Censorship in animation is a tricky and elusive topic to talk about. Sometimes it involves lots of contradictions and hypocrisy. And it seems like has different standards case to case. For example, Tom and Jerry from 1940s could be called out for cartoon violence. Some more contemporary cartoons like Sam and Max are allowed greater latitude of violence.The guidelines are different depends on what platform you decide to put your show on. For example, cable channels have the strictest censorship guidelines while online-only mediums have less strict guidelines. Even there is a general guideline for people to look at when decided what is appropriate to be on-air, the final decision often falls to individual censors. In this article, I will mostly focus on censorship of racism, sexism and violence in American cartoons.
The Image of Racism
This scene from Scrub Me Mama With a Boogie Beat, featuring a town called The Lazy Town. This woman on the left of the image singing around the town, while the rest of the town is far darker, with exaggerated thick lips. This was a common use of stereotype in animation back days. At that time, these are considered as “did not offended or degraded the colored race”. As quoted from Walter Lantz who was the founder of Walter Lantz Production and created Woody Woodpecker, “the first thing that happened was the elimination of all my films that contained Negro characters; there were eight such pictures. But we never offened or degraded the colored race and they were all top musical cartoons too. ” So if at that time, some creators still believe that using stereotypes in animation to represent minorities should be forgivable. Then when and why did animators stop making these film?
The simple answer to this question is that there are mainly two reasons; the actions of African-American publications and organizations such as the NAACP (the national association for the advancement of colored people) in making their displeasure with stereotypes in American animation public and known.
These two image shows different cases of censorship in animation. For example, in 1930, Flossie Cow was presented completely nude with no cloth or hair to cover any parts of its body. Censors obviously had no problem with Flossie Cow just wearing a cowbell. In 1932 , they have to make Flossie Cow to wear a skirt before the movie go public. In 1939, Flossie started to wear a actual dress and walk upright more human-like. Similar to this, the Mermaid had to use hair to cover her chest.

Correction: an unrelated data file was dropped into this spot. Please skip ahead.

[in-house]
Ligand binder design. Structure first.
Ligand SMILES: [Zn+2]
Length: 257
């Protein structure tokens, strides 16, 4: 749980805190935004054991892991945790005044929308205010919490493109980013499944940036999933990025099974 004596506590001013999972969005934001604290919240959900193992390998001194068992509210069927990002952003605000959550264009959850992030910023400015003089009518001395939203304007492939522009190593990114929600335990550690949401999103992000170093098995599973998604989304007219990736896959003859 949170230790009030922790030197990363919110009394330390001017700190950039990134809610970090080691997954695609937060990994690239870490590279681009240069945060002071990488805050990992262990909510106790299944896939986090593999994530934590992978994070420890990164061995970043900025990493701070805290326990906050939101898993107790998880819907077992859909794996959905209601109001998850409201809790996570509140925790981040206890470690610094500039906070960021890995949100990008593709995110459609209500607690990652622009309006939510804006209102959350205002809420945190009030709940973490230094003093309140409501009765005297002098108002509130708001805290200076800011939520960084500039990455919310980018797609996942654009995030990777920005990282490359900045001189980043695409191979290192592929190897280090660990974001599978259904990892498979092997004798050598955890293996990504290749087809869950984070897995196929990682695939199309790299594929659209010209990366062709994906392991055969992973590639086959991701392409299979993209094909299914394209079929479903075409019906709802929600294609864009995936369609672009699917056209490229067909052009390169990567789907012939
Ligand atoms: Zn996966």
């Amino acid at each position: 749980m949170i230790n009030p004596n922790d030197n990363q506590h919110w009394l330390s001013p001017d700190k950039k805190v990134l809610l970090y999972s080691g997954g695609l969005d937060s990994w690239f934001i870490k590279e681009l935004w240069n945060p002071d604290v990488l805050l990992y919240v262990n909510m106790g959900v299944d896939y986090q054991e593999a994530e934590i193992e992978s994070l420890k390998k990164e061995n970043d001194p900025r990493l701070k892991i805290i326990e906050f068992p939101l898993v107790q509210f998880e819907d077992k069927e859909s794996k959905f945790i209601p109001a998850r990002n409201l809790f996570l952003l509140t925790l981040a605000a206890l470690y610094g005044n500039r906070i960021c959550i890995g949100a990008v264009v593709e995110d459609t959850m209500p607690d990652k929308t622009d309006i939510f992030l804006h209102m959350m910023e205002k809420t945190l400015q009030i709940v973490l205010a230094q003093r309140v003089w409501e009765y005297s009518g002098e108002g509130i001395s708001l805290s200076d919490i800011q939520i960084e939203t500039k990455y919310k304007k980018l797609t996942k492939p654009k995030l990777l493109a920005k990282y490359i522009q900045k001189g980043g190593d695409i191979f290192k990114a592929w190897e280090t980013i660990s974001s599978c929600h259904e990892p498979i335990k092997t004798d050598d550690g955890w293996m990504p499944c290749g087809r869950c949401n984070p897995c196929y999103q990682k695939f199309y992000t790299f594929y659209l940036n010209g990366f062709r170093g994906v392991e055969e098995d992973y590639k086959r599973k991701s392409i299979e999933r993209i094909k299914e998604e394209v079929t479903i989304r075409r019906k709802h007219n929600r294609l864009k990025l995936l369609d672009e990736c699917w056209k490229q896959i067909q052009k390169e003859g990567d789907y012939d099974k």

We all know that sex sells in any industries. Is this the reason why we have all these sexy bunnies, sexy lady cats and sexy ducks in our children’s cartoon? who will be calling the shots for “if the girl should wear more”? It seems like the censors for sex and sexism has become stricter. However, we can say that today’s popular animation has the most violence than ever in animation history.
Some popular shows has successfully developed violence into humor. For example, in classic cartoon Tom and Jerry, we have all seen Tom tried to kill Jerry with a shotgun, knife or hammer. These acts might not be consider appropriate for children. More realistic violence involving acts which children could imitate are not allowed. So what is the limit for how much violence that a show could have just to make it funny before you call it “too far”? Why is a live action movie for children have different censorship guidelines than cartoons? It is indeed ironic that cartoon shorts are censored while mainstream prime-time entertainment is bawdier than ever in entertainment history.